A PAYBACK SOUNDTRACK
by M. A. Griffin
As a young man I was inspired and energised by the razor-sharp protest-politics of Public Enemy. (“I got a letter from the government the other day…” begins Black Steel in the Hour of Chaos; “They wanted me for the army or whatever / Picture me giving a damn. I said never.”) I still listen to a lot of rap music in the course of my day-to-day, and much of PAYBACK’s revolutionary zeal comes in spirit from the kind of purposeful anger that can be heard there. I was delighted to get the chance to name-check a list of superstar rappers in the acknowledgments to the book.
Here’s a weird thing though – despite always writing to music, once I’m sitting down at the keyboard I can’t listen to anything with lyrics. So PAYBACK, a story about an anti-capitalist group of teenage Robin Hoods stealing from the corrupt and wealthy, then redistributing ill-gotten profits to those in need, was written to movie soundtracks.
Perhaps understandably the scores that work best for me are ones for films I’ve never seen. Which means I often find myself watching a film for the first time having listened to its music on twenty or thirty previous occasions. This happened most recently with Frank Darabont’s wonderful adaptation of The Green Mile. I knew Thomas Newman’s score backwards. To see it with images was a strangely moving experience.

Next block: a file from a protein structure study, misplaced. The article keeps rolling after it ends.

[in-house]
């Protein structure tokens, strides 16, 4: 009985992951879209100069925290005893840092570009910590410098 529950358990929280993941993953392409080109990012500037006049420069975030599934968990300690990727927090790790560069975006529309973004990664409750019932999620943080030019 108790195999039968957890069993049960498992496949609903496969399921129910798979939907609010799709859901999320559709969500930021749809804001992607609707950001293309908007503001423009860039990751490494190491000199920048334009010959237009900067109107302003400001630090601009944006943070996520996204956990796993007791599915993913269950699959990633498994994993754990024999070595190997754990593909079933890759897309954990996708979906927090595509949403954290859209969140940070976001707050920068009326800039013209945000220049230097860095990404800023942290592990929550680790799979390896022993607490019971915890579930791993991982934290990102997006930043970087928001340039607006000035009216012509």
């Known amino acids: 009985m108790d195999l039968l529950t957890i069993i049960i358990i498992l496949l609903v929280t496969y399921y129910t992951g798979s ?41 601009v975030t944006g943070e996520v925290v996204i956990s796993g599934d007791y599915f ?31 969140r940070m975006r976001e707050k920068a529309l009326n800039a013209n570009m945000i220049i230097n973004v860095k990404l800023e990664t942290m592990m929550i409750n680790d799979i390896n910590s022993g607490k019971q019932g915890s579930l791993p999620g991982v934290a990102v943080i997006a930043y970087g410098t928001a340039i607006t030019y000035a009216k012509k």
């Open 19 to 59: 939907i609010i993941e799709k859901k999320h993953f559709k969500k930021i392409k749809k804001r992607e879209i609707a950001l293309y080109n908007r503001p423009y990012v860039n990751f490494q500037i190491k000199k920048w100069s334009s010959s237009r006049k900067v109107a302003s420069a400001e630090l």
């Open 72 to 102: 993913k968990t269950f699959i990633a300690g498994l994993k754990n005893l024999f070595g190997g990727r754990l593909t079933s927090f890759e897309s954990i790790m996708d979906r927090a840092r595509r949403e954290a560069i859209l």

So here are four instrumental/orchestral soundtracks to put in your ears next time you’re plugging away at that novel…
1. I can’t vouch for the quality of Nicholas Jericki’s thriller Arbitrage, but I can tell you Cliff Martinez’s moody, electronic score is great for conjuring nocturnal cityscapes and nefarious plots. Which is rocket-fuel when you’re writing a series of break-neck heists executed by a gang of teen thieves.
2. Niki Caro does a wonderful job directing The Zookeeper’s Wife. Apparently. I’ve never seen it. But Harry Gregson Williams’ orchestral score soars. Put it on if you want to write a scene in which two teen gang members find themselves alone for the first time, and one feels a growing attraction to the other he can’t bring himself to express…
3. My dad’s a big fan of Scott Frank’s neo-noir A Walk Among the Tombstones. Never seen it personally so I couldn’t possibly comment. But props to Carlos Rafael Rivera for a soundtrack rich in eerie strings which suggest suspicion, guilt, fear. Great if your protagonist has a growing sense of impending doom as the cops close in and relationships strain under pressure.
4. I never caught Tom Ford’s Nocturnal Animals. It might be about badgers or bats? Probably not. Anyway, Abel Koreniowski’s highly-strung music is fragile and taut, borderline melodramatic. Great if you’re busy cornering your heroes in new and nasty ways. We readers know it’s a trap but they’re too blind to see it…
PAYBACK by M. A. Griffin out now in paperback (£7.99, Chicken House)
Follow M.A. Griffin on twitter @fletchermoss and find out more at www.chickenhousebooks.com